Figure 1.

In vitro regeneration of transgenic plants via somatic embryogenesis in Pelargonium peltatum and via organogenesis in P. zonale. (a) P. peltatum WT plants. (b) P. peltatum inflorescence. (c) P. zonale WT plants. (d) P. zonale inflorescence. (e-f). Production of somatic embryos in a callus of P. peltatum cultivated in selective Morphogenesis Induction Medium (MIM). (g). P. peltatum developing embryos in selective Elongation Medium (EM). (h). P. peltatum transgenic plantlets in Rooting Medium (RM). (i-j). Adventitious buds in a callus of P. zonale in selective MIM. (k). P. zonale shoot elongation in selective EM. (l). P. zonale rooted plantlet in RM. (m-n). Detection of transformation events in both Pelargonium spp., GFP green fluorescence is clearly visible in the initial whitish callus with a disorganized growth. (o-p). Chlorophyll shows strong red autofluorescence that could mask the green fluorescence of transformed cells, it becomes increasingly difficult to identify in the subsequent organogenic callus and in the adventitious buds. (q-r). Green fluorescence was observed in regenerated shoots but is masked by the chlorophyll in the young leaves. (s-t). Green fluorescence can be observed in the periphery of young leaves where chlorophyll does not accumulate. (u-v). Green fluorescence is especially evident in the roots, where the chlorophyll is absent. In general, within the same organ, GFP detection varied in different tissues or cell types depending on their chlorophyll content.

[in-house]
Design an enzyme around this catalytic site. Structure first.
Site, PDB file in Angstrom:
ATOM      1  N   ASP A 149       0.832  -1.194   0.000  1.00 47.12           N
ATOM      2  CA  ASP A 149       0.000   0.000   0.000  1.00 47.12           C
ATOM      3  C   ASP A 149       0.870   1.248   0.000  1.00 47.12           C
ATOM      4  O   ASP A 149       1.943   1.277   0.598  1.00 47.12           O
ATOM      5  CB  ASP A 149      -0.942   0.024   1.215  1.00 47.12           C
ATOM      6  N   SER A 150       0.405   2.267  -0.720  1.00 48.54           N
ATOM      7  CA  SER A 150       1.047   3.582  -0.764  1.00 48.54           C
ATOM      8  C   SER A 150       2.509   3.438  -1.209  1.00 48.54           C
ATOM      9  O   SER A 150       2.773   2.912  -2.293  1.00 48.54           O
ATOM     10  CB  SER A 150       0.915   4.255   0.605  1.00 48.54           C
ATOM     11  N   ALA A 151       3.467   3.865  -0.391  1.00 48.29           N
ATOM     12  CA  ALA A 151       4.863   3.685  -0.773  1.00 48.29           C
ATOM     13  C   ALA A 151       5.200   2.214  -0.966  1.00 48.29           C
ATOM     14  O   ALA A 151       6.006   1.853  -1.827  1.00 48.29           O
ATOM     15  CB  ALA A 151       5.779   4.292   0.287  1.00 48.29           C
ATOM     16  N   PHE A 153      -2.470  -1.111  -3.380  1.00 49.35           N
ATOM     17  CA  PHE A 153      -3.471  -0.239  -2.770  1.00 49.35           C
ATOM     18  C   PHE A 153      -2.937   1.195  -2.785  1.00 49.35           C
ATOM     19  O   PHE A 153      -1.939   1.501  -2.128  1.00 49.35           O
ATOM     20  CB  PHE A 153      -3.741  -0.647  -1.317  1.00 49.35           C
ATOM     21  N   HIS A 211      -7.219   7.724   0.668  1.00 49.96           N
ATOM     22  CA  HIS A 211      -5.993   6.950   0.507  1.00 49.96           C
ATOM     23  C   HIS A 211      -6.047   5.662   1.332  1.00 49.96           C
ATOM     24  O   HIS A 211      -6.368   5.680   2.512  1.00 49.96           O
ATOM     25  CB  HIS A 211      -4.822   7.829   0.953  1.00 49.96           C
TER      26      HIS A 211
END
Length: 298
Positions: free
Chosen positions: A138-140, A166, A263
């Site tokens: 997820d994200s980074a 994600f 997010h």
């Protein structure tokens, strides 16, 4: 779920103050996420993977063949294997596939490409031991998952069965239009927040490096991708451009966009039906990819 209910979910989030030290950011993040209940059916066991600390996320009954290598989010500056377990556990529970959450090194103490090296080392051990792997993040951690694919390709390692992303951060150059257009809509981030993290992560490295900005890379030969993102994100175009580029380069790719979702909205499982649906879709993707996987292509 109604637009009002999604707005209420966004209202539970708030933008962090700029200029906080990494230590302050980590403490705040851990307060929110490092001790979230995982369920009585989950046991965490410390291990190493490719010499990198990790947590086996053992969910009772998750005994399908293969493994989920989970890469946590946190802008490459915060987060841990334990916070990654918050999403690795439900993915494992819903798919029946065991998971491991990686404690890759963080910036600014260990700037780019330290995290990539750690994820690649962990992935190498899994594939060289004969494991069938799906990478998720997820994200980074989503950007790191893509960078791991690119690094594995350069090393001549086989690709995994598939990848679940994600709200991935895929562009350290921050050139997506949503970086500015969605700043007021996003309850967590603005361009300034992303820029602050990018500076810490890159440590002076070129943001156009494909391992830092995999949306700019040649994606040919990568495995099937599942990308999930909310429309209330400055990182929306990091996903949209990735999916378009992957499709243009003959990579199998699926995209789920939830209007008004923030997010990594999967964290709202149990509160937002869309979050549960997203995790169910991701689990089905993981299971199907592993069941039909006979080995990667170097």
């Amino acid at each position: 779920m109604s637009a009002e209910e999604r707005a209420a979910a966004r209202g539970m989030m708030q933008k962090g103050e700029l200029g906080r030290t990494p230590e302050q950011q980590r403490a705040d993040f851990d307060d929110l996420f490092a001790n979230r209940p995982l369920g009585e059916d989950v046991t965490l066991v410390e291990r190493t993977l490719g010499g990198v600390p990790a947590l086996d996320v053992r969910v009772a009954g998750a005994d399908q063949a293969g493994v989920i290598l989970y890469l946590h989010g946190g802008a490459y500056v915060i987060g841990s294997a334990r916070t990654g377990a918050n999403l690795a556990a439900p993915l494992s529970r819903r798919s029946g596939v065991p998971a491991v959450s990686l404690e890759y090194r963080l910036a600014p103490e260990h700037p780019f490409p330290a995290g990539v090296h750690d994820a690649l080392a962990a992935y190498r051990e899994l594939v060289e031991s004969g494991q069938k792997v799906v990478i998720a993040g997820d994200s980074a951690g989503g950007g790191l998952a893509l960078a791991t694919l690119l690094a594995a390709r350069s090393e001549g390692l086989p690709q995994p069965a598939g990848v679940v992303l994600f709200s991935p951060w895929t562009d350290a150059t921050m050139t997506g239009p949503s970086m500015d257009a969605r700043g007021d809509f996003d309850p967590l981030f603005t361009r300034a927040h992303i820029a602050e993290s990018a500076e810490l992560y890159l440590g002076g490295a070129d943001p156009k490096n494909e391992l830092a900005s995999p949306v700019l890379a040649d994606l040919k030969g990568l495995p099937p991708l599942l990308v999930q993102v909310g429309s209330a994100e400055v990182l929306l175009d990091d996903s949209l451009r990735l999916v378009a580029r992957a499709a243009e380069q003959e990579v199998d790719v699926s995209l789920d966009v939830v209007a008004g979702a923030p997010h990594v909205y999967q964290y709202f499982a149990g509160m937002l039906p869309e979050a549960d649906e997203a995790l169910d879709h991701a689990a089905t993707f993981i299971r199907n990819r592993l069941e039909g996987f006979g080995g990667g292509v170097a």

GarcĂ­a-Sogo et al. BMC Plant Biology 2012 12:156   doi:10.1186/1471-2229-12-156
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